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Behind the Aegis

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Banning homosexuality fosters hate crime and homophobia, says UN report

Men suspected of same-sex relationships in countries that outlaw them are subjected to examinations which ‘amount to torture’

Criminalising homosexuality amounts to torture in many of the 76 countries where same-sex relationships are outlawed, a United Nations report has declared.


Prof Juan Mendez, the organisation’s special rapporteur on torture, has called for decriminalisation in his latest submission to the UN’s human rights council on the grounds that the bans – which sometimes carry the death penalty – legitimise homophobia and hate crimes.

In one of the strongest denunciations of laws that are enforced in many African, Asian and Middle Eastern states, Mendez, a former Argentinian political prisoner, urges governments to reconsider their statute books.


“A clear link exists between the criminalisation of lesbian, gay, bisexual and transgender persons and homophobic and transphobic hate crimes, police abuse, community and family violence and stigmatisation,” his report says.

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Seems like a "water is wet" type of story, the problem is it seems few are willing to speak up and condemn these things on a regular basis. We also see this is true in our own country (the US) especially when it comes to new laws regarding transgender rights, and even supposed liberals pitch a fit. We also see the continuing of attempts at laws to deny marriage equality, as well as the laws which currently exist in many states which actively and legally deny LGBT persons from employment and housing.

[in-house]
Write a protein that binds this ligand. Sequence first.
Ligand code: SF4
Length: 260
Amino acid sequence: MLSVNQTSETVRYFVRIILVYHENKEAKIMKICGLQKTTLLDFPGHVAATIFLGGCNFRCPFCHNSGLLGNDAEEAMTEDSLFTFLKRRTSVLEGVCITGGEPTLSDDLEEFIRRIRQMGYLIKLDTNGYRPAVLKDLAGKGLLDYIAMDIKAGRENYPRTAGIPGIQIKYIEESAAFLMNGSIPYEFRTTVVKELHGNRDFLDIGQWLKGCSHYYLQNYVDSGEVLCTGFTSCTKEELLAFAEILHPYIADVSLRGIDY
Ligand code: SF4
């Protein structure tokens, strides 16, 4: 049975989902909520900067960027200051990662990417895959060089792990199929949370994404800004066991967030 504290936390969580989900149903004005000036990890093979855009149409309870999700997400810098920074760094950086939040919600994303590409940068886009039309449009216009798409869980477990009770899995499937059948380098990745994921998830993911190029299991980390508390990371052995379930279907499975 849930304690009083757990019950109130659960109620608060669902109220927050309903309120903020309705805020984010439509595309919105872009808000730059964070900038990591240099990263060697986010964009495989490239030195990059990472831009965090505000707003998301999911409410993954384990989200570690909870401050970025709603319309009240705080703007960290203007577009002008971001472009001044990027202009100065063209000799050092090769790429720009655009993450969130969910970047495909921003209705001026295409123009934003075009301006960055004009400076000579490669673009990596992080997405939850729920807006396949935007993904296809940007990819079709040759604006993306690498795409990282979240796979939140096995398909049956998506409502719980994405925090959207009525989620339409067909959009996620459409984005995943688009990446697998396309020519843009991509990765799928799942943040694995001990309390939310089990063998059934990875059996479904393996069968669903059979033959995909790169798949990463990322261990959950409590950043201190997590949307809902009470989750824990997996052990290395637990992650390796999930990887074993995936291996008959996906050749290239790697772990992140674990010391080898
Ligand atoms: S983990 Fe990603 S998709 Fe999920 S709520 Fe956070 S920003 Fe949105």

Posted by Behind the Aegis | Fri Feb 19, 2016, 01:40 AM (4 replies)

Survivors of 1980s AIDS crisis reveal what happened to them

From the role of lesbians to the vanishing of whole neighborhoods, real LGBTI people share their experiences

Survivors of the 1980s AIDS crisis have shared accounts of their experiences.

As the UK celebrates LGBT History Month, users of Reddit revealed what it was like to be living in what felt like a constant state of tragedy.

Real LGBTI people remember the confusion, the lack of information, the lack of support from the government because of the suffering from the virus known only at the time as GRID (gay-related immune deficiency).

‘I’m a 62-year-old gay man. I thankfully made it through the epidemic that started in the early 80s and went right through the mid-90’s. You ask what it was like? I don’t know if I can even begin to tell you how many ways AIDS has affected my life, even though I never caught the virus,’ one user said.